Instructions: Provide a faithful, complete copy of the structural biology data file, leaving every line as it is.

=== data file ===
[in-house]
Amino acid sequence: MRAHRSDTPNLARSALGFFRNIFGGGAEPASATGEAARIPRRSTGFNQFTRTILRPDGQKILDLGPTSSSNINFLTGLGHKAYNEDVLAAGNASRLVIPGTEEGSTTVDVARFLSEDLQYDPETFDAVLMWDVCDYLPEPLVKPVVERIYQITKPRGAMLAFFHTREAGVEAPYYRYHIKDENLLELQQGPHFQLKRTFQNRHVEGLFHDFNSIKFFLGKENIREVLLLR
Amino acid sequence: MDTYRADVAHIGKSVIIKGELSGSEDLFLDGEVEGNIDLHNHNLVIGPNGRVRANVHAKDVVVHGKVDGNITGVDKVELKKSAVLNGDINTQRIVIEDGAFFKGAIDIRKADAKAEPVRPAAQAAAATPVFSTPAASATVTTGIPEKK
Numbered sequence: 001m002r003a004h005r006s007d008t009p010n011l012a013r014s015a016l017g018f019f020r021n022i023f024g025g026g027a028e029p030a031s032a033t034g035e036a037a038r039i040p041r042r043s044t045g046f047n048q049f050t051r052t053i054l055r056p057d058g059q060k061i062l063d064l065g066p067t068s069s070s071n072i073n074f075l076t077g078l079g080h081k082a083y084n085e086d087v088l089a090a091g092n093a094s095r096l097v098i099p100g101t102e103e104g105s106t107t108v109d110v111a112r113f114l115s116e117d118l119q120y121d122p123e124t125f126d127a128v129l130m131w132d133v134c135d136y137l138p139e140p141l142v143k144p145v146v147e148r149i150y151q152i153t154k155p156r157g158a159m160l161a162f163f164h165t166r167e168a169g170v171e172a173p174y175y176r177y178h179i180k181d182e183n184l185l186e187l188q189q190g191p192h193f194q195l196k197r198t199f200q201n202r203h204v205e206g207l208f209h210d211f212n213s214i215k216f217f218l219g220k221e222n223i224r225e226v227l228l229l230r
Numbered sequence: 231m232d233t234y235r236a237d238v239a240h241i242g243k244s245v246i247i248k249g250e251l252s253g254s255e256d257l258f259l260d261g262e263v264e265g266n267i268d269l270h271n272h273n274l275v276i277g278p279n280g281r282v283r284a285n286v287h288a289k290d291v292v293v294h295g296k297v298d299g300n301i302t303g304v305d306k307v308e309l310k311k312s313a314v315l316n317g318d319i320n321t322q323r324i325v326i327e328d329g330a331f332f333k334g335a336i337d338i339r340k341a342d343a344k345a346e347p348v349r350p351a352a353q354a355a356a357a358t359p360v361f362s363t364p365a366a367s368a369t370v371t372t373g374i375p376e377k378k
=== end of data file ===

[in-house]
Amino acid sequence: MRAHRSDTPNLARSALGFFRNIFGGGAEPASATGEAARIPRRSTGFNQFTRTILRPDGQKILDLGPTSSSNINFLTGLGHKAYNEDVLAAGNASRLVIPGTEEGSTTVDVARFLSEDLQYDPETFDAVLMWDVCDYLPEPLVKPVVERIYQITKPRGAMLAFFHTREAGVEAPYYRYHIKDENLLELQQGPHFQLKRTFQNRHVEGLFHDFNSIKFFLGKENIREVLLLR
Amino acid sequence: MDTYRADVAHIGKSVIIKGELSGSEDLFLDGEVEGNIDLHNHNLVIGPNGRVRANVHAKDVVVHGKVDGNITGVDKVELKKSAVLNGDINTQRIVIEDGAFFKGAIDIRKADAKAEPVRPAAQAAAATPVFSTPAASATVTTGIPEKK
Numbered sequence: 001m002r003a004h005r006s007d008t009p010n011l012a013r014s015a016l017g018f019f020r021n022i023f024g025g026g027a028e029p030a031s032a033t034g035e036a037a038r039i040p041r042r043s044t045g046f047n048q049f050t051r052t053i054l055r056p057d058g059q060k061i062l063d064l065g066p067t068s069s070s071n072i073n074f075l076t077g078l079g080h081k082a083y084n085e086d087v088l089a090a091g092n093a094s095r096l097v098i099p100g101t102e103e104g105s106t107t108v109d110v111a112r113f114l115s116e117d118l119q120y121d122p123e124t125f126d127a128v129l130m131w132d133v134c135d136y137l138p139e140p141l142v143k144p145v146v147e148r149i150y151q152i153t154k155p156r157g158a159m160l161a162f163f164h165t166r167e168a169g170v171e172a173p174y175y176r177y178h179i180k181d182e183n184l185l186e187l188q189q190g191p192h193f194q195l196k197r198t199f200q201n202r203h204v205e206g207l208f209h210d211f212n213s214i215k216f217f218l219g220k221e222n223i224r225e226v227l228l229l230r
Numbered sequence: 231m232d233t234y235r236a237d238v239a240h241i242g243k244s245v246i247i248k249g250e251l252s253g254s255e256d257l258f259l260d261g262e263v264e265g266n267i268d269l270h271n272h273n274l275v276i277g278p279n280g281r282v283r284a285n286v287h288a289k290d291v292v293v294h295g296k297v298d299g300n301i302t303g304v305d306k307v308e309l310k311k312s313a314v315l316n317g318d319i320n321t322q323r324i325v326i327e328d329g330a331f332f333k334g335a336i337d338i339r340k341a342d343a344k345a346e347p348v349r350p351a352a353q354a355a356a357a358t359p360v361f362s363t364p365a366a367s368a369t370v371t372t373g374i375p376e377k378k